I have neglected including a song at the beginning of each of my blog posts. For this post please consider this tune.
The rise and recent fall of the bio-tech firm Theranos is yet another example the challenges inherent in the valley’s startup business culture and the media echo chamber which supports it.
Theranos, founded in 2003 by Elizabeth Holmes while she was a student at Stanford became a poster child for both disruption and all that that is insanely great about the valley. Theranos was going change the world. Hmmm where have we heard that before ?
Under Holmes’ leadership Theranos was developing a more efficient blood test. The test could reportedly provide the requisite chemical analysis in support of 30 or more different blood tests using only a single drop of blood obtained through the pin prick of a finger. This test was supposed to enable blood testing services in just about any location. These efficiencies in turn were going to empower the average consumer with information which could ultimately lead to better health and wellness outcomes.
There were early signals that Theranos’ technology may not have been delivering the results originally claimed. The company, mid to late last year admitted to backing away from the technology upon which it’s original value proposition was predicated. For some reason these early signals did not result in any serious re-evaluation of the company.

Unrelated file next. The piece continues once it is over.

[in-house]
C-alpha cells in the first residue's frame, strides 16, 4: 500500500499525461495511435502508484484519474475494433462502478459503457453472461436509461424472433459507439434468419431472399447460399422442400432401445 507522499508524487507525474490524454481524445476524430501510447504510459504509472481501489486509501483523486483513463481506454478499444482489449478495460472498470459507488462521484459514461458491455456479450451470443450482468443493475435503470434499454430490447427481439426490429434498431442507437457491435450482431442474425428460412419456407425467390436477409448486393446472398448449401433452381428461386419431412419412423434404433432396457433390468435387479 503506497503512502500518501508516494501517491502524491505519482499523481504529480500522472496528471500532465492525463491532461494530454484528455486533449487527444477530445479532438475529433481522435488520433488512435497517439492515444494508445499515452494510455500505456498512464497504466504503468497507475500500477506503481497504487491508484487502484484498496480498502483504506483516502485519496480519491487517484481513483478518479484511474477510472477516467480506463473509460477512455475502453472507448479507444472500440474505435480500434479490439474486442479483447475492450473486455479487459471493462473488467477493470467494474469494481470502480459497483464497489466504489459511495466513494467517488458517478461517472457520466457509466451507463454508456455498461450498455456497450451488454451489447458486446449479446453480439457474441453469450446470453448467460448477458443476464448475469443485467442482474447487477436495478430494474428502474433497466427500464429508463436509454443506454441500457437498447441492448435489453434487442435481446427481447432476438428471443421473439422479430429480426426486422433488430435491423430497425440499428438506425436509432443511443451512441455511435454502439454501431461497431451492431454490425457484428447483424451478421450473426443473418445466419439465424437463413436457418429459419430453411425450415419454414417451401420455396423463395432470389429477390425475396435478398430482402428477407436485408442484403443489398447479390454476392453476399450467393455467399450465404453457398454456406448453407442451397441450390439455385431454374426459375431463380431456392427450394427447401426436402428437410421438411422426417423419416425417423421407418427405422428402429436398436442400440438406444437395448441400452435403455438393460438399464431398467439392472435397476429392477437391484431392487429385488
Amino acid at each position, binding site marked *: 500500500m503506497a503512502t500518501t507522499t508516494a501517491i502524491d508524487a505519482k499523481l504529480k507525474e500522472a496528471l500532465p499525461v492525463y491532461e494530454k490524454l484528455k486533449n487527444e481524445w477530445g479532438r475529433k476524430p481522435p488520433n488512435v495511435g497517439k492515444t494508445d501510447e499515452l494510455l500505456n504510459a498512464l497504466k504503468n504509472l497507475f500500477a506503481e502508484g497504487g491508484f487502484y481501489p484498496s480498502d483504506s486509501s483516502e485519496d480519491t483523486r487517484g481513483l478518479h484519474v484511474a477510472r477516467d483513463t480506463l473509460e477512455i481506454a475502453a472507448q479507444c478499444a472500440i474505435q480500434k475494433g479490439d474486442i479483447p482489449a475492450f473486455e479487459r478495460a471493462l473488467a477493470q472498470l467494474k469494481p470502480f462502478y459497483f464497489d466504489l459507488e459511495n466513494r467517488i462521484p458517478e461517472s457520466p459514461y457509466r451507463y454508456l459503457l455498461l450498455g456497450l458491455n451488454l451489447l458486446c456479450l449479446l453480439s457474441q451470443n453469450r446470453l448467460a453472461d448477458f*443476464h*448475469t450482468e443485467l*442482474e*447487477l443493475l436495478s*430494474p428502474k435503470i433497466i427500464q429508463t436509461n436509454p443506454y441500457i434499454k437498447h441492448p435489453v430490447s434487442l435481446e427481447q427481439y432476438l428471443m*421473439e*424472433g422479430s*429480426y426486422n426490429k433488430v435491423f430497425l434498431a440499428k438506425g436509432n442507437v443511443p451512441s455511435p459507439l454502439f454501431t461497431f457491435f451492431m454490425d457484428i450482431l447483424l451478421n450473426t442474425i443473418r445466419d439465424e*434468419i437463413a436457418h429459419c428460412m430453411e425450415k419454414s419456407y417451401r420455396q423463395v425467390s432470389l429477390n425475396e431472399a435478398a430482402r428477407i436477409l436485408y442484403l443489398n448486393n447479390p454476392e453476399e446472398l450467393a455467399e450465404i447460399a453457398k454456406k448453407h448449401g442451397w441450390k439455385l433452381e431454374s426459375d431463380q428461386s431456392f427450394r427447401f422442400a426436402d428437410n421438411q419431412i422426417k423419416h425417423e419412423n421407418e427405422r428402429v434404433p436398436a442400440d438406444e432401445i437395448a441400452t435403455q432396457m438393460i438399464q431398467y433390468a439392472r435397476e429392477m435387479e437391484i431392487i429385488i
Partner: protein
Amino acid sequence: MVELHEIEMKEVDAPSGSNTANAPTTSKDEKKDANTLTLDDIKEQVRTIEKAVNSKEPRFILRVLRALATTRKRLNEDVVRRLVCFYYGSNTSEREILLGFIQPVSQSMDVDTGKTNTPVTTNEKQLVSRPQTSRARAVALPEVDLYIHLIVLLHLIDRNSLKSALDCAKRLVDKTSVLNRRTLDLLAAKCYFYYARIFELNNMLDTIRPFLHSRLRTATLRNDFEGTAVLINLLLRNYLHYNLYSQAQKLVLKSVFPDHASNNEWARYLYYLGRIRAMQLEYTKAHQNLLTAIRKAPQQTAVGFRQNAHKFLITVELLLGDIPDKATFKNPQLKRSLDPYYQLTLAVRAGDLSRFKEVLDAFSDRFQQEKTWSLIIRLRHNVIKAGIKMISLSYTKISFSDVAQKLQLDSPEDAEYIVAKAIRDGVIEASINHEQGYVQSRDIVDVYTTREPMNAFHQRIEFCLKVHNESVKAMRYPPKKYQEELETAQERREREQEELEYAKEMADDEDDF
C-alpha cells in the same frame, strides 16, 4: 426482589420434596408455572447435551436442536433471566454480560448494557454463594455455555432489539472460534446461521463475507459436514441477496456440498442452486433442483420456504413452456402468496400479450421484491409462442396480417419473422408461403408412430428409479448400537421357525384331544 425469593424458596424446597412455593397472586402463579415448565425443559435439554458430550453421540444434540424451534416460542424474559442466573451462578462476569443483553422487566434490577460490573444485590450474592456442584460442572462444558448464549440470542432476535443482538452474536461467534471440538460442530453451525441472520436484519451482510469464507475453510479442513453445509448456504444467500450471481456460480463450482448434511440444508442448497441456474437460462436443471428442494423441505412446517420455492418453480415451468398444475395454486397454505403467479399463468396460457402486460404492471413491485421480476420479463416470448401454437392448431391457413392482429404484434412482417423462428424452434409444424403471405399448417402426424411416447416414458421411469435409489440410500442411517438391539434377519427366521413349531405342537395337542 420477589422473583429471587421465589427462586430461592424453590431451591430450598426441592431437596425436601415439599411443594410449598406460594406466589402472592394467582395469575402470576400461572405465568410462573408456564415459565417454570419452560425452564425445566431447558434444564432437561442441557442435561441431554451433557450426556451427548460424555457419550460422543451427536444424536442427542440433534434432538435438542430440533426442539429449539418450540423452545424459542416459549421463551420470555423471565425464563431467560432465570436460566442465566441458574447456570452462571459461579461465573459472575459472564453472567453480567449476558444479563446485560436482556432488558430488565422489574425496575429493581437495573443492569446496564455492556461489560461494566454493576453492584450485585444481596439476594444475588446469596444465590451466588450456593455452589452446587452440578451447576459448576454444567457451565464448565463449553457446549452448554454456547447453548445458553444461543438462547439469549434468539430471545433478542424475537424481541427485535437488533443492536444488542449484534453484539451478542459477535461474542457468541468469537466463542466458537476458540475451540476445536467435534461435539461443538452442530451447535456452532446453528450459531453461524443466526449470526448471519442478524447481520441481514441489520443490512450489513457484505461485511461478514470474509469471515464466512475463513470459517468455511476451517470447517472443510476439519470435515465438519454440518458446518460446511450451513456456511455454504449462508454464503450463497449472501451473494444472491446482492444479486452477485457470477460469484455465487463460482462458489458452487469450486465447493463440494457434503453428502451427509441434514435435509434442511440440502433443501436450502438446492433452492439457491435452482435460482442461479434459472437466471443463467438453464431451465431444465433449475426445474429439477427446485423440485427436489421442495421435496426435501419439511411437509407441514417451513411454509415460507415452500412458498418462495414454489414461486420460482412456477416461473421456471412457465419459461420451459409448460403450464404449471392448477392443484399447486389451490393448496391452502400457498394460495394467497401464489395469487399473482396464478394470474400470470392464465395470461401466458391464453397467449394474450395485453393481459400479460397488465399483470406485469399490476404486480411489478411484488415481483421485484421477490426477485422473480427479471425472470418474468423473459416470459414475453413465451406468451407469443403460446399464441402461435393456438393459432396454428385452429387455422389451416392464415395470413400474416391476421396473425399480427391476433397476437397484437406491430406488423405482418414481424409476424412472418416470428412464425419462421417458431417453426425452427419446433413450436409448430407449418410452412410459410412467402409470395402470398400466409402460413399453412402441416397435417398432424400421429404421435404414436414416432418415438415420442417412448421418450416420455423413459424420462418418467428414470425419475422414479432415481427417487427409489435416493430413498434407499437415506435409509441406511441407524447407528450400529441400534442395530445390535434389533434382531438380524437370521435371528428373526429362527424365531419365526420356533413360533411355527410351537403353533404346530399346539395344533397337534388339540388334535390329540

Entrepreneurs by nature, are optimistic and fiercely committed to their ideas. Holmes was no exception. Unfortunately she also believed her company could ignore common practices around peer reviewed work in the health and science fields. This thinking finally caught up with Theranos. Earlier this year, the FDA and The Center for Medicaid and Medicare Services (CMS), the organization which certifies providers for the Medicare and Medicaid determined the company’s claims and lab practices questionable. CMS has taken actions to de-certify the company. The FDA and CMS have gone as far as to ban Ms. Holmes and others in the company from running any sort of lab for two years effectively removing Theranos from any sort of relevance in the near term.
Going forward it’s not clear what is to become of Theranos. Maybe lady luck will strike and Theranos will survive to prove the value and efficacy of its original technology. Maybe not. Ms. Holmes in all likelihood will lay low and find herself a gig as an EIR at one of the VC firms here in the valley. Certainly this is not the last we will see of Ms. Holmes in the valley based on her ability to raise capital alone.
What is certain is the more Silicon Valley (and the industry friendly press which writes about it) claims to be the purveyor of only the best, ideas, best in breed “power of the market and merit” community, and ethically evolved in contrast to the rest of the U.S. business sector the less it seems to ring true.